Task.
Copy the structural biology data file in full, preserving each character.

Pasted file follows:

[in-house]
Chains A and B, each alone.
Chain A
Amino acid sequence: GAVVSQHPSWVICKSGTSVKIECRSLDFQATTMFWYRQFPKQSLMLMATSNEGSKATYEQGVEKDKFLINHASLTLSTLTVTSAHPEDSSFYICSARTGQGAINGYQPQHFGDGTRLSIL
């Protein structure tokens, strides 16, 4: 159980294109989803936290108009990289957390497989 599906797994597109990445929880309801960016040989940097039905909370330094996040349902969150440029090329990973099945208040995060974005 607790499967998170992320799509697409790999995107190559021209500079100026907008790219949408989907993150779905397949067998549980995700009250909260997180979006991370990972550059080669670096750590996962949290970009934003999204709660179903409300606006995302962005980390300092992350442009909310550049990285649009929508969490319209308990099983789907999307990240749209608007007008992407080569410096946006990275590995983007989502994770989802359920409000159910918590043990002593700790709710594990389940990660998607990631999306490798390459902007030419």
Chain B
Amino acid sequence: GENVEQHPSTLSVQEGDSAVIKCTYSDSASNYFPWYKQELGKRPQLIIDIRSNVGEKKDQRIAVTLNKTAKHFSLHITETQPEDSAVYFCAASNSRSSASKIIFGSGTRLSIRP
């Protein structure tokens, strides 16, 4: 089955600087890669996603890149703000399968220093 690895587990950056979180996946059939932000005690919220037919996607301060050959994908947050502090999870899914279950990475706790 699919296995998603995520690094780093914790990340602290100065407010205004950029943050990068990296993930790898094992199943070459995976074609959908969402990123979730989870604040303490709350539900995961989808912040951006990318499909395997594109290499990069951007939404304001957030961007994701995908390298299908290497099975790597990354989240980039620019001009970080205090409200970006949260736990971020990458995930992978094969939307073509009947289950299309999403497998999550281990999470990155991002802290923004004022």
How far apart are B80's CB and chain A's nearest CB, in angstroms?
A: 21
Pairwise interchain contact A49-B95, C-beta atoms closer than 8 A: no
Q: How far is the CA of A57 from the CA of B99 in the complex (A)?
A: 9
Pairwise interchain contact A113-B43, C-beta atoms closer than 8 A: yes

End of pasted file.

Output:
[in-house]
Chains A and B, each alone.
Chain A
Amino acid sequence: GAVVSQHPSWVICKSGTSVKIECRSLDFQATTMFWYRQFPKQSLMLMATSNEGSKATYEQGVEKDKFLINHASLTLSTLTVTSAHPEDSSFYICSARTGQGAINGYQPQHFGDGTRLSIL
């Protein structure tokens, strides 16, 4: 159980294109989803936290108009990289957390497989 599906797994597109990445929880309801960016040989940097039905909370330094996040349902969150440029090329990973099945208040995060974005 607790499967998170992320799509697409790999995107190559021209500079100026907008790219949408989907993150779905397949067998549980995700009250909260997180979006991370990972550059080669670096750590996962949290970009934003999204709660179903409300606006995302962005980390300092992350442009909310550049990285649009929508969490319209308990099983789907999307990240749209608007007008992407080569410096946006990275590995983007989502994770989802359920409000159910918590043990002593700790709710594990389940990660998607990631999306490798390459902007030419």
Chain B
Amino acid sequence: GENVEQHPSTLSVQEGDSAVIKCTYSDSASNYFPWYKQELGKRPQLIIDIRSNVGEKKDQRIAVTLNKTAKHFSLHITETQPEDSAVYFCAASNSRSSASKIIFGSGTRLSIRP
């Protein structure tokens, strides 16, 4: 089955600087890669996603890149703000399968220093 690895587990950056979180996946059939932000005690919220037919996607301060050959994908947050502090999870899914279950990475706790 699919296995998603995520690094780093914790990340602290100065407010205004950029943050990068990296993930790898094992199943070459995976074609959908969402990123979730989870604040303490709350539900995961989808912040951006990318499909395997594109290499990069951007939404304001957030961007994701995908390298299908290497099975790597990354989240980039620019001009970080205090409200970006949260736990971020990458995930992978094969939307073509009947289950299309999403497998999550281990999470990155991002802290923004004022």
How far apart are B80's CB and chain A's nearest CB, in angstroms?
A: 21
Pairwise interchain contact A49-B95, C-beta atoms closer than 8 A: no
Q: How far is the CA of A57 from the CA of B99 in the complex (A)?
A: 9
Pairwise interchain contact A113-B43, C-beta atoms closer than 8 A: yes